On January 28, 2015, Petitioner entered a plea of guilty to Counts One and Three of the Indictment at No. 3:14-CR-107 and Counts One and Three of the Indictment at No. 3:14-CR-117 [Doc. 19 at No. 3:14-CR-107 and Doc. 15 at No. 1:14-CR-117].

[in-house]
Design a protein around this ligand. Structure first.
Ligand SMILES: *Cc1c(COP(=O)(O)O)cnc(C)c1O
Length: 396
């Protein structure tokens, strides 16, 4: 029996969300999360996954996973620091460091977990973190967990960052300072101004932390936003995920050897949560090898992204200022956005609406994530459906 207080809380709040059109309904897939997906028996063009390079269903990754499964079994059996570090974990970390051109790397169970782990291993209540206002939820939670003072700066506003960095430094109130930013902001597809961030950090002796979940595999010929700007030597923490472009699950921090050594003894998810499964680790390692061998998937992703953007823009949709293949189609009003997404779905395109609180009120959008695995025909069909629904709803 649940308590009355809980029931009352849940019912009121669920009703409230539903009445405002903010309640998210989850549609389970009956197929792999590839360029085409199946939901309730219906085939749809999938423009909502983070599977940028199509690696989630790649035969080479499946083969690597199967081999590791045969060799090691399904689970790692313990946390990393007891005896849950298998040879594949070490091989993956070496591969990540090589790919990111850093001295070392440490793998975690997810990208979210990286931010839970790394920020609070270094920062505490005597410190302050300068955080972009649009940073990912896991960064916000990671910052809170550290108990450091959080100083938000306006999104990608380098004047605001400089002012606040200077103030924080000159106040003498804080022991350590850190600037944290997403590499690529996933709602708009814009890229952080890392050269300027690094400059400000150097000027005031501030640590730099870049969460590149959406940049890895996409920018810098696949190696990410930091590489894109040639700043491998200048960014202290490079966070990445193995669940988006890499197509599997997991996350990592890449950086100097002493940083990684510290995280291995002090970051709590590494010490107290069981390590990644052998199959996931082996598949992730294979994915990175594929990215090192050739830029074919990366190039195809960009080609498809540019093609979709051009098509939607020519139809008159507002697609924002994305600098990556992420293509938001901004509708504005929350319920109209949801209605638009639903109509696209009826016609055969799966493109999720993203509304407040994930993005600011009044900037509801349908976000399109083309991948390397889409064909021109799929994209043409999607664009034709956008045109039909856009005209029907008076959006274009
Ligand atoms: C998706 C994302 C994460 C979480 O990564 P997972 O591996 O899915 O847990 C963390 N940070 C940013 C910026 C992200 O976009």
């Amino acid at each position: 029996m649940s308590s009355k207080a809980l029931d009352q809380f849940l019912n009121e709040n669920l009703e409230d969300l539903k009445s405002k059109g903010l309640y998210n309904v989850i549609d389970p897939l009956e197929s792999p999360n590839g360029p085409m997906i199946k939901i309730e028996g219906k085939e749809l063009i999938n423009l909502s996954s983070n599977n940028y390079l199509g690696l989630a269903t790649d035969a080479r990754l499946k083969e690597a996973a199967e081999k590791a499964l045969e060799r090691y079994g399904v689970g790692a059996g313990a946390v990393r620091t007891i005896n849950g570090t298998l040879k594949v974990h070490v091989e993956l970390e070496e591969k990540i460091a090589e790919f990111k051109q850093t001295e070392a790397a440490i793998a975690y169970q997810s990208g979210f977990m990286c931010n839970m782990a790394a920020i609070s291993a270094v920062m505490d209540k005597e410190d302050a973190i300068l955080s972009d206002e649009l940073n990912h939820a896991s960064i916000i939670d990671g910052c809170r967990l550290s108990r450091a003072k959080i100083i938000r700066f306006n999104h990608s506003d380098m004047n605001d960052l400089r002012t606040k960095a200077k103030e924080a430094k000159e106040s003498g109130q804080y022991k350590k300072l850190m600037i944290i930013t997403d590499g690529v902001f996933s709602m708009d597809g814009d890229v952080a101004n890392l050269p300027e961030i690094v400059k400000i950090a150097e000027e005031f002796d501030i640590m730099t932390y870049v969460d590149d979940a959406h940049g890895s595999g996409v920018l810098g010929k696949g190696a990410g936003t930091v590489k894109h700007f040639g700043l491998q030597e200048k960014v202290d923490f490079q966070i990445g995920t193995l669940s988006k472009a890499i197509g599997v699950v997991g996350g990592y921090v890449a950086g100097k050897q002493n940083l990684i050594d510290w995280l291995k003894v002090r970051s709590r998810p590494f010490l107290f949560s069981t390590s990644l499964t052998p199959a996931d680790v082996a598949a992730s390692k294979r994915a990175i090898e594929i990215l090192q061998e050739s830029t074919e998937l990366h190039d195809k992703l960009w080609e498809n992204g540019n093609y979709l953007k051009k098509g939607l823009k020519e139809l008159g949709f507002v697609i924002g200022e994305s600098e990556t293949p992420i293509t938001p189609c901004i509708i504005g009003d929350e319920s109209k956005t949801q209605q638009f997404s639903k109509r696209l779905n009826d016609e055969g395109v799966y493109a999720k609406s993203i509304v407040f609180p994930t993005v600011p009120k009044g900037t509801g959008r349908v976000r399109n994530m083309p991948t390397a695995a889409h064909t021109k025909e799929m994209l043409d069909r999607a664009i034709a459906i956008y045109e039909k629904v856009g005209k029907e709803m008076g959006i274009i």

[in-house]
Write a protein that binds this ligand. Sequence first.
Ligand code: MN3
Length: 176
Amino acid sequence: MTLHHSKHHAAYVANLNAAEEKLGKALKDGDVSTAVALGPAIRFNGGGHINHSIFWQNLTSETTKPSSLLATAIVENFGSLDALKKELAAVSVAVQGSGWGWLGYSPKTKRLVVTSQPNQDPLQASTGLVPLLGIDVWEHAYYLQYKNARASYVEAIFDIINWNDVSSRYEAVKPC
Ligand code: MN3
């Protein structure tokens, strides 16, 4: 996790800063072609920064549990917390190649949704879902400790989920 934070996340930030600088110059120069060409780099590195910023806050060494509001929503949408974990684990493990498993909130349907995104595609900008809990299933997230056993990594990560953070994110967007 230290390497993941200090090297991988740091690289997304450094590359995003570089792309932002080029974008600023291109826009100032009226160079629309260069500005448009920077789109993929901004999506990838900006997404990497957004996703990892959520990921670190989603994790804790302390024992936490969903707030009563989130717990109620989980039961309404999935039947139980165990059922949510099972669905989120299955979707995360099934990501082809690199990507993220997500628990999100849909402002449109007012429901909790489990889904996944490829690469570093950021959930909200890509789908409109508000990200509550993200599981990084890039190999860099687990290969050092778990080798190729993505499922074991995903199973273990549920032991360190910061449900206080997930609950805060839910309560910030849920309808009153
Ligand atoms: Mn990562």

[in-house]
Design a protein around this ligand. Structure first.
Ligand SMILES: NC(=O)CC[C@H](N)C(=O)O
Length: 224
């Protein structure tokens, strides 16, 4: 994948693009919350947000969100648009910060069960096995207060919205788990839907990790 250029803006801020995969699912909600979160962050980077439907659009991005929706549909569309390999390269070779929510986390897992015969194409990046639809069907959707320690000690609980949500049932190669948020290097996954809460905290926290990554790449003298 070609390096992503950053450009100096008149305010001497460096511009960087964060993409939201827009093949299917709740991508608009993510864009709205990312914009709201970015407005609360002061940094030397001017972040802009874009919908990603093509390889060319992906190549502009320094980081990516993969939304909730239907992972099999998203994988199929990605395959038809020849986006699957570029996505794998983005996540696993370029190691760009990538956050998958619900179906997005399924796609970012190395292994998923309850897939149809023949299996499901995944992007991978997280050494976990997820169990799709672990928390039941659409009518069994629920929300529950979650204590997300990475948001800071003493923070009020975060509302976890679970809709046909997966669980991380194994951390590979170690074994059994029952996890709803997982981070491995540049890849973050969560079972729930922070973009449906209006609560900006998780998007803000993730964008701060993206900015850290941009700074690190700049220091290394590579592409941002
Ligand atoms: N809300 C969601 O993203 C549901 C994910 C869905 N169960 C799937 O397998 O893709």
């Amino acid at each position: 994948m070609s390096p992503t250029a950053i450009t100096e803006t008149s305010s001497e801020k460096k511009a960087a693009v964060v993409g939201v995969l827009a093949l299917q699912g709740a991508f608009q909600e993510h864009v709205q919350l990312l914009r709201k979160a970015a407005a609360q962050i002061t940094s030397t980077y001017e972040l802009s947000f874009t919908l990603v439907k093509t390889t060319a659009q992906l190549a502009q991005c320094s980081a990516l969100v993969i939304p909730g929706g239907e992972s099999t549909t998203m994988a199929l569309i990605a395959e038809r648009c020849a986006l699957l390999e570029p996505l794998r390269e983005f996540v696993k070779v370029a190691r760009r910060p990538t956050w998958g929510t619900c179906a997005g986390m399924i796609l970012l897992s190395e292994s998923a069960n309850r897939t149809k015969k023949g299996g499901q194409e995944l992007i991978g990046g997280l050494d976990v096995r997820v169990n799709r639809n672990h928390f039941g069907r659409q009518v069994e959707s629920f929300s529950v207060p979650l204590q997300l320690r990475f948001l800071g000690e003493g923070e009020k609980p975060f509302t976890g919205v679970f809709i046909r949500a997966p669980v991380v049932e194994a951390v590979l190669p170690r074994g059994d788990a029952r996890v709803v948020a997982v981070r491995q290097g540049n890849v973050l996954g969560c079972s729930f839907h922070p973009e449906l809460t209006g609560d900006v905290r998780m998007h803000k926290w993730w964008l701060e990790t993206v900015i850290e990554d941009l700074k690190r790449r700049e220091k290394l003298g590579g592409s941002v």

The presentence investigation report (“PSIR”) identified three previous convictions for a violent felony, committed on occasions different from one another, that qualified Petitioner as an armed career criminal under the ACCA: (1) a January 29, 2001, conviction for aggravated burglary in the Loudon County, Tennessee, Criminal Court [Doc. 21 ¶ 43 at No. 3:14-CR-107 and Doc. 16 ¶ 43 at No. 3:14-CR-117]; (2) a December 18, 2000, conviction for aggravated burglary in the Roane County, Tennessee, Criminal Court [Doc. 21 ¶ 44 at No. 3:14-CR-107 and Doc. 16 ¶ 44 at No. 3:14-CR-117]; and (3) a November 21, 2005, conviction for initiating process to manufacture methamphetamine in the Blount County, Tennessee, Criminal Court [Doc. 21 ¶ 54 at No. 3:14-CR-107 and Doc. 16 ¶ 54 at No. 3:14-CR-117]. As an armed career criminal, Petitioner was subject to a statutory mandatory minimum sentence of 15 years to a maximum of life as to each of Count One of the Indictment at No. 3:14-CR-107 and Count Three of the Indictment at No. 3:14-CR-117[2] and his advisory guideline sentencing range under the United States Sentencing Guidelines (“USSG”) was 188 to 235 months [Doc. 21 ¶¶ 77, 78 at No. 3:14-CR-107 and Doc. 16 ¶¶ 77, 78 at No. 3:14-CR-117].